iRobot, the maker of Roomba, made big news this week when an interview with its CEO mentioned plans to sell the map data of customers' homes to third parties. Today, the company launched damage control measures and the CEO is spreading assurances that this is all just a big misunderstanding.
The Roomba is generally regarded as a cute little robot friend that no one but dogs would consider to be a potential menace. But for the last couple of years, the robovacs have been quietly mapping homes to maximise efficiency. Now, the device's makers plan to sell that data to smart home device manufacturers, turning the friendly robot into a creeping, creepy little spy.
In a statement first shared with ZDNet, iRobot CEO Colin Angle wrote:
First things first, iRobot will never sell your data. Our mission is to help you keep a cleaner home and, in time, to help the smart home and the devices in it work better.
Pledging to never sell your customer's data is great. There are tons of issues that could arise from that and, let's face it, imagining faceless corporations knowing all the details of your inner sanctum is a really uncomfortable thought. But taking someone's word for it is never a good idea, and Angle's statement raised more questions for us.
We reached out to a spokesperson for iRobot, who tells Gizmodo that Reuters' original article about iRobot contained "an unintentional misinterpretation of Colin's statements." In fact, Reuters issued a correction today. The paragraph that set off a firestorm has now replaced the words "sell maps" with "share maps for free with customer consent." It reads in full:
Angle told Reuters that iRobot, which made Roomba compatible with Amazon's Alexa voice assistant in March, could reach a deal to share its maps for free with customer consent to one or more of the Big Three in the next couple of years. Angle added the company could extract value from those agreements by connecting for free with as many companies as possible to make the device more useful in the home.
We asked if iRobot currently shares all of the map data with the Amazon Echo if it is connected. Here's what they told us:
iRobot is not sharing mapping data with any third parties, including Amazon. Amazon does receive partial data from iRobot if a customer chooses to link their Roomba to Alexa, which is limited to the commands required to control the robot via voice control, such as starting a cleaning job, stopping a cleaning job, etc.
Regarding whether or not iRobot would make it a permanent policy to never share its full mapping data with smart devices, the spokesperson told us "We cannot commit on policy details of hypothetical future use cases or features."
Unfortunately, hypothetical future use cases are exactly what we're talking about. We've attempted to get more information about exactly what data is being stored by iRobot but company reps have avoided specificity.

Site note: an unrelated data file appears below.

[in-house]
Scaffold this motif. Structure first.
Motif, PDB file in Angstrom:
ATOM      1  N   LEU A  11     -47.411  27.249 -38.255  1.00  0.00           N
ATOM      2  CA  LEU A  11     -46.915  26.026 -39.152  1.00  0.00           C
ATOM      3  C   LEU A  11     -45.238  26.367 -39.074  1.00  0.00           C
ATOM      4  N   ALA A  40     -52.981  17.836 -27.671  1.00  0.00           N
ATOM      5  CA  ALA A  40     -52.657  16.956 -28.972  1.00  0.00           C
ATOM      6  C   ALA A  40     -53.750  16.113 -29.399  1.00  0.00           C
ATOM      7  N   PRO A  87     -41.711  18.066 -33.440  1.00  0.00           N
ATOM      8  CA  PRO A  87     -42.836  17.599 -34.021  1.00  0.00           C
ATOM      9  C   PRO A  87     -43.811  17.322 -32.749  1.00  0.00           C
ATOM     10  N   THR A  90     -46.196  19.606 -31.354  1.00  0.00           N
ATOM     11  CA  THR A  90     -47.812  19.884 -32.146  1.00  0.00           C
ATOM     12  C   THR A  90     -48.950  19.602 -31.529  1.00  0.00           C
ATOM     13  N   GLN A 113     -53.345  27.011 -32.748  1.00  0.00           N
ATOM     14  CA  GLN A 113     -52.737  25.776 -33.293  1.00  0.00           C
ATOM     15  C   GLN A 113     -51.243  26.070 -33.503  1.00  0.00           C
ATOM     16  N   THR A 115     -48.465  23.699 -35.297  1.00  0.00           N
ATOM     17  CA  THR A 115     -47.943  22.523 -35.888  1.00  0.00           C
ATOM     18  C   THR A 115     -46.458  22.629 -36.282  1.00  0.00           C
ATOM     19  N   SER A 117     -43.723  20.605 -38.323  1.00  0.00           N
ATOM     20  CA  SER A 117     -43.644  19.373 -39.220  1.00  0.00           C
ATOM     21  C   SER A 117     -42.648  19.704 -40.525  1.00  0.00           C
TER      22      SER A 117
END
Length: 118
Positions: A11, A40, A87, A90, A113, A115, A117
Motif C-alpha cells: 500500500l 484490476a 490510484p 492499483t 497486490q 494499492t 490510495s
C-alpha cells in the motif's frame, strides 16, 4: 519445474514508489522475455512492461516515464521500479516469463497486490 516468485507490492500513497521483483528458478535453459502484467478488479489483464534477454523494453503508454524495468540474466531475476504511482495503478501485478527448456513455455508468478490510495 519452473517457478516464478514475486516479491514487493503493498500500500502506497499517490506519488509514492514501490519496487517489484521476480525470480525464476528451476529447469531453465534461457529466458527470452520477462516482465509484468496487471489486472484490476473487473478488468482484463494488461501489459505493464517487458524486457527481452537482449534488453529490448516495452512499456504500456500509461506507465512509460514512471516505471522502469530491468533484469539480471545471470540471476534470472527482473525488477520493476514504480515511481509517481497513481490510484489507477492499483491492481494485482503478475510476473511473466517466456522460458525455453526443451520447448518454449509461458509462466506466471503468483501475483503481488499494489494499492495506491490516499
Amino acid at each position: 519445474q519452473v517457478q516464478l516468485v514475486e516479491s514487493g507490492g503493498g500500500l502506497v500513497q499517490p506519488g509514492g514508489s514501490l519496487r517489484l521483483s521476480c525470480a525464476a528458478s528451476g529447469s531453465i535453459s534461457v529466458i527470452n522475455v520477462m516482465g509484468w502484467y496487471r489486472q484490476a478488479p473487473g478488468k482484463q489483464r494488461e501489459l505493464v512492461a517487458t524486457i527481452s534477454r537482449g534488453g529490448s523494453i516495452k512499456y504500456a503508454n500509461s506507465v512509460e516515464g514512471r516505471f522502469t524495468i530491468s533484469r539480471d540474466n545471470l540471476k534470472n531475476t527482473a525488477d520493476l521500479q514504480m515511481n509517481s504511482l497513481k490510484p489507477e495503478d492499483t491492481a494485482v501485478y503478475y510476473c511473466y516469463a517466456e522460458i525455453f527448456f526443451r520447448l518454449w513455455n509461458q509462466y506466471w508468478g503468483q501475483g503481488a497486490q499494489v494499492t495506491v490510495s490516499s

The company did tell us that the Roomba's onboard camera is "physically separated from any wireless or wired transmission," and "the only data that is sent from the robot to the network — with customer consent — is information about cleaning jobs and lifetime cleaning statistics." Of course, just about anything a camera-enabled vacuum records while patrolling your home for dust bunnies could be considered information "about cleaning jobs."
The company would not share a complete list of data points it collects, but it did inform us that the map you see on your phone app is not the map that they see. "The map that the Roomba creates during a cleaning job is sent to the cloud where it is processed and simplified to produce a user-friendly map that ultimately appears in the iRobot HOME App," the representative told us.
The terms of service that users agree to are, thus far, unchanged. One troubling section says, among other things, iRobot may share your personal information with "other parties in connection with any company transaction" and "sale of all or a portion of company assets or shares." We asked if this section would be amended and were told twice that "this language is in the event a company ever purchased iRobot."
That's certainly true for many parts of that section, but the two highlighted clauses appear to leave open the option to sell off company assets (like valuable data) in "any company transaction" (like maybe a transaction in which it sells your data). And, oh yeah, some unknown company could buy iRobot.
What we've learned is that one guy said something about never selling your data, but mostly it's on you to decide whether or not you did your best to protect yourself. Some kind of change is coming to the terms of service, maybe. And iRobot doesn't want to tell you what data it has. But headlines will blare that the company has reversed its position.
Customer outrage may have caused headaches at the company this week, but it seems like investors noticed the new potential of iRobot. Stock prices started out at $US89.49 ($112) this week and at the moment are sitting comfortably in the $US107 ($134) range. Big data is big money, baby.